Hackles were raised in October when the Vatican's Pontifical Council for Justice and Peace issued a document that condemned, among other things, the idolatry of the market, and said that the financial crisis "has revealed behaviors like selfishness, collective greed and hoarding of goods on a great scale."This struck me as a great understatement after I read a report from Bloomberg News on how the Federal Reserve secretly provided major banks with a gargantuan gift - reaching $1.2 trillion in emergency loans at below-market interest rates on December 5, 2008. No typo: $1.2 trillion. That's on top of TARP, which the government was gracious enough to tell the public about.Bloomberg News reporters calculated that by borrowing money without strings at below-market rates - which meant getting it practically for free - the banks were able to make $13 billion. Citibank alone picked up around $1.8 billion, the story said.The news service had to go to court under the Freedom of Information Act to dislodge the dark secret of which banks received this money because the Fed argued it would undermine public confidence in the banks if the truth were known. Not to mention that it would reveal how the public was totally misled by everyone involved.Bloomberg News quoted Sen. Sherrod Brown, D-Ohio, as saying, "This is an issue that can unite the tea party and Occupy Wall Street."Can it unite conservative and progressive Catholics? Or at least move them beyond a tedious debate over the teaching authority of the Pontifical Council for Justice and Peace so they can face up to the moral issues posed by systemic greed?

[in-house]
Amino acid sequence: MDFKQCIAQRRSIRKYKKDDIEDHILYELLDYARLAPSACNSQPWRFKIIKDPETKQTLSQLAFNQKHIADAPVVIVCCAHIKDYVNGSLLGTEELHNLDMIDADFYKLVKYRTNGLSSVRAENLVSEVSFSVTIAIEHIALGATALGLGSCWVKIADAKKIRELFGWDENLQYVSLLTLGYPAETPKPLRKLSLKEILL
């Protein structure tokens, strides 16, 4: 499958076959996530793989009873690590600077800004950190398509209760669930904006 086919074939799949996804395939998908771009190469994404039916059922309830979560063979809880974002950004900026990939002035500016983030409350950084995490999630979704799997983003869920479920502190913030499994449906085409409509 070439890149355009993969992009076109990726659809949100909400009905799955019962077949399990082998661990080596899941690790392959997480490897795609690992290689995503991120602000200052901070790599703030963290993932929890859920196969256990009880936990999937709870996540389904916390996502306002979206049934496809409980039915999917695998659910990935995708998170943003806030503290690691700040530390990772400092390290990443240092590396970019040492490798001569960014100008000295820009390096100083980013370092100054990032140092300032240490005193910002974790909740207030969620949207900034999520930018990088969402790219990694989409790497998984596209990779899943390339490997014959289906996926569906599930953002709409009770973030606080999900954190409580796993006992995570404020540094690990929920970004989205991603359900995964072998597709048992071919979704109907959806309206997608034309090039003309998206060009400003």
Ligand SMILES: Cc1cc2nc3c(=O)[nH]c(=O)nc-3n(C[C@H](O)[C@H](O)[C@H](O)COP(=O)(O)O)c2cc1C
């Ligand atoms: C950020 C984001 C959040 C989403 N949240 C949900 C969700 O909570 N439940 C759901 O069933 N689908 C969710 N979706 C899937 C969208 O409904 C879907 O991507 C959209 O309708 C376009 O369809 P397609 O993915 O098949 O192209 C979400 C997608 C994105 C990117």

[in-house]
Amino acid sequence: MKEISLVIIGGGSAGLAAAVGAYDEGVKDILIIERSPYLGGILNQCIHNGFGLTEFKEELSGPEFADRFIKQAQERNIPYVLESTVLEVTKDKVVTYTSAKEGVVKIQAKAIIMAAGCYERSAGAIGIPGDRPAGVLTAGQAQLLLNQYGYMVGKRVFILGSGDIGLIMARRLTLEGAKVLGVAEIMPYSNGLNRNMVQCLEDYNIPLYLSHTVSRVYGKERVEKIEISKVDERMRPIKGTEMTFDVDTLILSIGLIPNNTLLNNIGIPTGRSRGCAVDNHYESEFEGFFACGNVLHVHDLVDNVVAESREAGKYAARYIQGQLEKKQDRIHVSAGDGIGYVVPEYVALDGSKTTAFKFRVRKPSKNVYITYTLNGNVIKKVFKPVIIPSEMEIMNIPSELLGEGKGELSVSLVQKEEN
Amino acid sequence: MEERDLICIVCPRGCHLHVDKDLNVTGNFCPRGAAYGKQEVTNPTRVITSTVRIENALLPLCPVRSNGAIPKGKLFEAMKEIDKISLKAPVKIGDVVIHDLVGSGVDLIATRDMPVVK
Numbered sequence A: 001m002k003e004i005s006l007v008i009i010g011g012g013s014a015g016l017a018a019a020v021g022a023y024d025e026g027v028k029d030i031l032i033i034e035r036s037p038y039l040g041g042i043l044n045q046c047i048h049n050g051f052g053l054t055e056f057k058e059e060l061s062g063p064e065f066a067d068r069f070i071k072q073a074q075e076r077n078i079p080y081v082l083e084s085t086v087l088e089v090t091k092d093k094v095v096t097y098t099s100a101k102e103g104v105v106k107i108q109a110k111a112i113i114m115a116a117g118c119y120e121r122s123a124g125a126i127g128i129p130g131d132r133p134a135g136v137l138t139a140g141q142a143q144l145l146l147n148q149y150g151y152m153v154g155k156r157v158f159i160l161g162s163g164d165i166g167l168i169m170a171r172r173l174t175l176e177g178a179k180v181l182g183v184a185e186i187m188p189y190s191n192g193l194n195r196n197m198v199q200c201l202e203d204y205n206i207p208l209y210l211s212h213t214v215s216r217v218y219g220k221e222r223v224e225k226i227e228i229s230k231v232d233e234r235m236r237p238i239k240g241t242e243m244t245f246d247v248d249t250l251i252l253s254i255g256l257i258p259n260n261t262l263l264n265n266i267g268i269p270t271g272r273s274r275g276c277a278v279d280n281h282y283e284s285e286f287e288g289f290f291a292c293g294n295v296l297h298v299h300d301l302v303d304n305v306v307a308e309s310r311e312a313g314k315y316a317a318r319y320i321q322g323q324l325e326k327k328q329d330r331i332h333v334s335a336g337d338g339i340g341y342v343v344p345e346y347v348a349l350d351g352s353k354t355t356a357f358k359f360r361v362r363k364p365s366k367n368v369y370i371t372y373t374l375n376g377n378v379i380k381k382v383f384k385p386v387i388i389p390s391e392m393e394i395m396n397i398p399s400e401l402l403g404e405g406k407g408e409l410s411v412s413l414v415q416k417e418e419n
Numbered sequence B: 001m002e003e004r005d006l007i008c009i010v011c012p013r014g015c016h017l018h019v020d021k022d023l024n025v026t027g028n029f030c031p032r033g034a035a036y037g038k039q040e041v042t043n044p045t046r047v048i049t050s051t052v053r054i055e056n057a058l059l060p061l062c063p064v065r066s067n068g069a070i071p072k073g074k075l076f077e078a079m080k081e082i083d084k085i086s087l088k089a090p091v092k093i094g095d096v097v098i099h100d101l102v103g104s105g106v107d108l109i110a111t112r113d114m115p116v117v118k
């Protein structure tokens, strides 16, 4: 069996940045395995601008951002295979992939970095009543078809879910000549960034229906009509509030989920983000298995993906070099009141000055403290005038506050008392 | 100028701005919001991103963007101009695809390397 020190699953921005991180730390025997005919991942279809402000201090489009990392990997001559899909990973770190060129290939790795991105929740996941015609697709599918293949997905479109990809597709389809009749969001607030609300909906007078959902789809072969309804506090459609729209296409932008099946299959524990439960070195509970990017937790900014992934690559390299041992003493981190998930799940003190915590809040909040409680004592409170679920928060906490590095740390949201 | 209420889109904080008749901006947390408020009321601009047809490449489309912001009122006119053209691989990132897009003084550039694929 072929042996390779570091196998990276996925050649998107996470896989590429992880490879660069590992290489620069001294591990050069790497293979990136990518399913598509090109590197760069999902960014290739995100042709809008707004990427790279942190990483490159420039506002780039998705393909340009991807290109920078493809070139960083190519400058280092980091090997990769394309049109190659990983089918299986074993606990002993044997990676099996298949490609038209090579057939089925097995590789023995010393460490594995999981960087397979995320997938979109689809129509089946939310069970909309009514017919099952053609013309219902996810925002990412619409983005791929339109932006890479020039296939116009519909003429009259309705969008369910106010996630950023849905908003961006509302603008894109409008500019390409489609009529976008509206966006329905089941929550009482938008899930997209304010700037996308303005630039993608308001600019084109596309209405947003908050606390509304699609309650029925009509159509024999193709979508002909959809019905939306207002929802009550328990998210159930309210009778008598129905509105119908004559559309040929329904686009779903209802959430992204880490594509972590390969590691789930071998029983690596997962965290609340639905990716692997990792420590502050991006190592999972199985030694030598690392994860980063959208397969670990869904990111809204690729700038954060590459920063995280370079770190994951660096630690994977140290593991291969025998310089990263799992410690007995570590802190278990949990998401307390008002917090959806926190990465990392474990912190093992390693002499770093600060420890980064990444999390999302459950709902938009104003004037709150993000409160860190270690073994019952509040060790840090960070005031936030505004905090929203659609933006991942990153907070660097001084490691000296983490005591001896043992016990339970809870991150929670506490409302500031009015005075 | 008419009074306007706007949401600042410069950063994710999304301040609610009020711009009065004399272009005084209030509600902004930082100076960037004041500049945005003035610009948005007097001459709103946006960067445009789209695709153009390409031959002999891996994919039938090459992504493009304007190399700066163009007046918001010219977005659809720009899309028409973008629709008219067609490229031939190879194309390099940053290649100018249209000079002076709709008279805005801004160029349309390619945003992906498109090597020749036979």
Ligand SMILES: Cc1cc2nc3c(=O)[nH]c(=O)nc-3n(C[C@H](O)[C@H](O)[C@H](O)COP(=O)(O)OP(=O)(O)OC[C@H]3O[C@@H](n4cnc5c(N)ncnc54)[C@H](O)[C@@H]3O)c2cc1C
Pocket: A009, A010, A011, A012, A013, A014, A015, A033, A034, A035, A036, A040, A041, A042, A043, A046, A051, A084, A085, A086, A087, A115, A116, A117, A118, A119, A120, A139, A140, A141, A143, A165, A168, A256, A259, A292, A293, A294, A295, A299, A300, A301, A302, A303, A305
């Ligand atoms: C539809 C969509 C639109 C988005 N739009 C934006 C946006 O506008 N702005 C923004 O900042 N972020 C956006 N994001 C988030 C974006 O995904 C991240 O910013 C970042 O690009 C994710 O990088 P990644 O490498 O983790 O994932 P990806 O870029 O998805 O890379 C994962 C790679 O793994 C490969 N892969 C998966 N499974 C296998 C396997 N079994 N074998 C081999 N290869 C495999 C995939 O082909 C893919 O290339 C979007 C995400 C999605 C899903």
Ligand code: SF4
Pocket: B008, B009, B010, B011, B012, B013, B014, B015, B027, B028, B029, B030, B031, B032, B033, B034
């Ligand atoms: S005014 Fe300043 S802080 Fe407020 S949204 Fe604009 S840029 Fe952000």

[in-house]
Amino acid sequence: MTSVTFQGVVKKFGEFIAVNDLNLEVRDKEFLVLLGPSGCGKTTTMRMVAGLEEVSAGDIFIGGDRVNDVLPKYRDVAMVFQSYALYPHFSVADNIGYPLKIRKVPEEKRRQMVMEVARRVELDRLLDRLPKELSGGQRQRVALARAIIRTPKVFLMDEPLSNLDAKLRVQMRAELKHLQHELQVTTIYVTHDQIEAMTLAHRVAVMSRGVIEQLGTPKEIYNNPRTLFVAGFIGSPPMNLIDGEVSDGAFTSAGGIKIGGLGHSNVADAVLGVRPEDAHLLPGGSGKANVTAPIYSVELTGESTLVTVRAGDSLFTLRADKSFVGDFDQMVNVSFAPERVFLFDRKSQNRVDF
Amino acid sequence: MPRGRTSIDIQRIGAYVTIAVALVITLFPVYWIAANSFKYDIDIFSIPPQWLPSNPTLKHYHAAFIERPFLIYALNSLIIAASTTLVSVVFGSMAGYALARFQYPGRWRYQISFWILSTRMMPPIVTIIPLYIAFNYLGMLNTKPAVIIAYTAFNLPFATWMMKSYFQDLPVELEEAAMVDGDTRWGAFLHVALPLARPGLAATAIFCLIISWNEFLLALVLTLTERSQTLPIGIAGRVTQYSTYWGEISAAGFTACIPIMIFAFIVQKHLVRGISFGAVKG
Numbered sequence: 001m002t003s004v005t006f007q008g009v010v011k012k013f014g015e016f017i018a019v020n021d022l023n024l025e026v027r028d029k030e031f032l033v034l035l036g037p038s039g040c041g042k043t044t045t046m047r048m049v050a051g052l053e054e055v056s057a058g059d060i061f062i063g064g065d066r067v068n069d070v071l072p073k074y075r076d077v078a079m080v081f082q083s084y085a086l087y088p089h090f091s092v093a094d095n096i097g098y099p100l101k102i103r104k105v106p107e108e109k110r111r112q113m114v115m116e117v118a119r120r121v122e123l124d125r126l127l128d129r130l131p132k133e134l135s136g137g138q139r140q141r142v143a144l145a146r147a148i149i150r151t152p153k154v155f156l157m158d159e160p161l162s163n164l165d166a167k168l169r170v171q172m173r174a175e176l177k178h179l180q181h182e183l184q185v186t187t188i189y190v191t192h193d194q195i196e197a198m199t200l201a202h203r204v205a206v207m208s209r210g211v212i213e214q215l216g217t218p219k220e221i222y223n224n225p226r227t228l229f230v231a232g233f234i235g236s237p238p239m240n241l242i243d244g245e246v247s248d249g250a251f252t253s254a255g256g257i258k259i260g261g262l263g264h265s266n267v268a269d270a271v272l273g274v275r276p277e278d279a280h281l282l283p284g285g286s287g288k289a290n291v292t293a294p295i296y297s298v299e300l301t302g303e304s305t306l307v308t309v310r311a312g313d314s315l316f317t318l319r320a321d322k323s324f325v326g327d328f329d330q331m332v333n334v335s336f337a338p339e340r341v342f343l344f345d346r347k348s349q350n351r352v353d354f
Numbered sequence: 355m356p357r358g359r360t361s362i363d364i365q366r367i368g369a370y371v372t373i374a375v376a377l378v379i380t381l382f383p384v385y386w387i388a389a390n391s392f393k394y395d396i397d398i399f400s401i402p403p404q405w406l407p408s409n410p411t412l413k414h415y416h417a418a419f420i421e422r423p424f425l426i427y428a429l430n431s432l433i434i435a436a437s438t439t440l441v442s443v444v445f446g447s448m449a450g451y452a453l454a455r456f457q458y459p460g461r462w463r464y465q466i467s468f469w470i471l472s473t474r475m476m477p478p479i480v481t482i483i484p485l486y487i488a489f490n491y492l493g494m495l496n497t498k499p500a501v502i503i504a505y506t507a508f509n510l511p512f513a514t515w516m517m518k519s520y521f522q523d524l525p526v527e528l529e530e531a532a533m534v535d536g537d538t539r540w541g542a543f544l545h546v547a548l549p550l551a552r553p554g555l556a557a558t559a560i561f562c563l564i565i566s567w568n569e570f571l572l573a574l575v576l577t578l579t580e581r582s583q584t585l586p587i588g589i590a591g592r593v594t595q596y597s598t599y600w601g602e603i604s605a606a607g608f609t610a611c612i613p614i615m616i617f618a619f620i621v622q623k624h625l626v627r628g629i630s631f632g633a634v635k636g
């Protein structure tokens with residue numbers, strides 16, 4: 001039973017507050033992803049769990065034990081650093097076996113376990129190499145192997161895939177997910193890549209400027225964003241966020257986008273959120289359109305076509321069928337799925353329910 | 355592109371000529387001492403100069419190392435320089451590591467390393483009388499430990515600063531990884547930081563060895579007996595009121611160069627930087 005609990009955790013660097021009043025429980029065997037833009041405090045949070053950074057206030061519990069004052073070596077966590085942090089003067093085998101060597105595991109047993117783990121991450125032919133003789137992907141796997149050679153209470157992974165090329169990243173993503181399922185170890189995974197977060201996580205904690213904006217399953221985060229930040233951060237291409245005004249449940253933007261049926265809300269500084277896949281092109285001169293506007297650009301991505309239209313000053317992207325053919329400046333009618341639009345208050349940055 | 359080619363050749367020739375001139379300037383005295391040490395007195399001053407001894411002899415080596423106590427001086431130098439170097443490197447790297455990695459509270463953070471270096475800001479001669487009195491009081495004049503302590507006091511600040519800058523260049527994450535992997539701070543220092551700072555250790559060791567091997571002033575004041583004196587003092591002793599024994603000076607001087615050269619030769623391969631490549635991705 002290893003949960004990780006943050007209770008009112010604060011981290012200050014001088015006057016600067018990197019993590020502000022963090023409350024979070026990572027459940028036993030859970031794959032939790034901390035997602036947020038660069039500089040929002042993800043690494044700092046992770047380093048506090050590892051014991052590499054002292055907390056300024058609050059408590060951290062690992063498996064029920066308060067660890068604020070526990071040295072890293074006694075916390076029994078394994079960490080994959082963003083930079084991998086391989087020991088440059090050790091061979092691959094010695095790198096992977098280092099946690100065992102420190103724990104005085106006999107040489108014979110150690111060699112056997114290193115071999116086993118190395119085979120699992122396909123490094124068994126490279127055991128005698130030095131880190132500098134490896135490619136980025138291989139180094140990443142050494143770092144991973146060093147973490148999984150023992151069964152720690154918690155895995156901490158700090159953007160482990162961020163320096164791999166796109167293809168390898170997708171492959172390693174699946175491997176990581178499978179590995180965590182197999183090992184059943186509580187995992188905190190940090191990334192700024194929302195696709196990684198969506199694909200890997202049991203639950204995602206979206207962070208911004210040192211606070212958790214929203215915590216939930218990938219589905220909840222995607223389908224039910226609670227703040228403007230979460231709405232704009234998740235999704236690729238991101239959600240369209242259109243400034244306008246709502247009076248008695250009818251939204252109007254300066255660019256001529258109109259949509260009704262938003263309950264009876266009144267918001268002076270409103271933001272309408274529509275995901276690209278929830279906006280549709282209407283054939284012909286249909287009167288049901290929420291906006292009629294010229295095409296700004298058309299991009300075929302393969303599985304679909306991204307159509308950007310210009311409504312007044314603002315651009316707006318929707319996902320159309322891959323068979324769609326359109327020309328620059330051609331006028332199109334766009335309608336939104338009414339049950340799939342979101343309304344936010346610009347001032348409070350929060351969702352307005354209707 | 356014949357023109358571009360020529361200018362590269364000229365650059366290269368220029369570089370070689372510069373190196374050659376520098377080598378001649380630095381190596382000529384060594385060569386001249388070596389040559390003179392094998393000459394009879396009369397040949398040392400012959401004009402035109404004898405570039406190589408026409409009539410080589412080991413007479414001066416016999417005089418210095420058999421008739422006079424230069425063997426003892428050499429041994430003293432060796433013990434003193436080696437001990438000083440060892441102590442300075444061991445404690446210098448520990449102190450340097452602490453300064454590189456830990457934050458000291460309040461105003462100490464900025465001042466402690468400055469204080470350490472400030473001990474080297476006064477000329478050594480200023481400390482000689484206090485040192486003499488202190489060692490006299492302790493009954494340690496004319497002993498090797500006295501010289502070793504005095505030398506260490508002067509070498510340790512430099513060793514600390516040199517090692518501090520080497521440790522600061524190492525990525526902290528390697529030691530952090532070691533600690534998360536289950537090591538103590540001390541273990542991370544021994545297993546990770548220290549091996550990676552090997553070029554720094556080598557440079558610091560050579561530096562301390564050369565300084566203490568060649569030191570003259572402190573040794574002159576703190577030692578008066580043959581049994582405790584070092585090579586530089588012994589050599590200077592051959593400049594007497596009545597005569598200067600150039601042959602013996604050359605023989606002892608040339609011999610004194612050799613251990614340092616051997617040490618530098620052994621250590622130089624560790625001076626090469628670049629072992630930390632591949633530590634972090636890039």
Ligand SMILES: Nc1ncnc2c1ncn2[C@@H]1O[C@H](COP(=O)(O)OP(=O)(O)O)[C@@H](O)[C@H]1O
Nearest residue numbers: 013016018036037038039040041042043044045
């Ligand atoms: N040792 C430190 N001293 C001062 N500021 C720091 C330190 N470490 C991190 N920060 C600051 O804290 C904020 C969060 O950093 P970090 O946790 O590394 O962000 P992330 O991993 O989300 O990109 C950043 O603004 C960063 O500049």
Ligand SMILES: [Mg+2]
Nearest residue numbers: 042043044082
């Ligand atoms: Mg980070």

Paul Moses, a contributing writer at Commonweal, is the author of The Saint and the Sultan: The Crusades, Islam and Francis of Assisi's Mission of Peace (Doubleday, 2009) and An Unlikely Union: The Love-Hate Story of New York's Irish and Italians (NYU Press, 2015). Follow him on Twitter @PaulBMoses.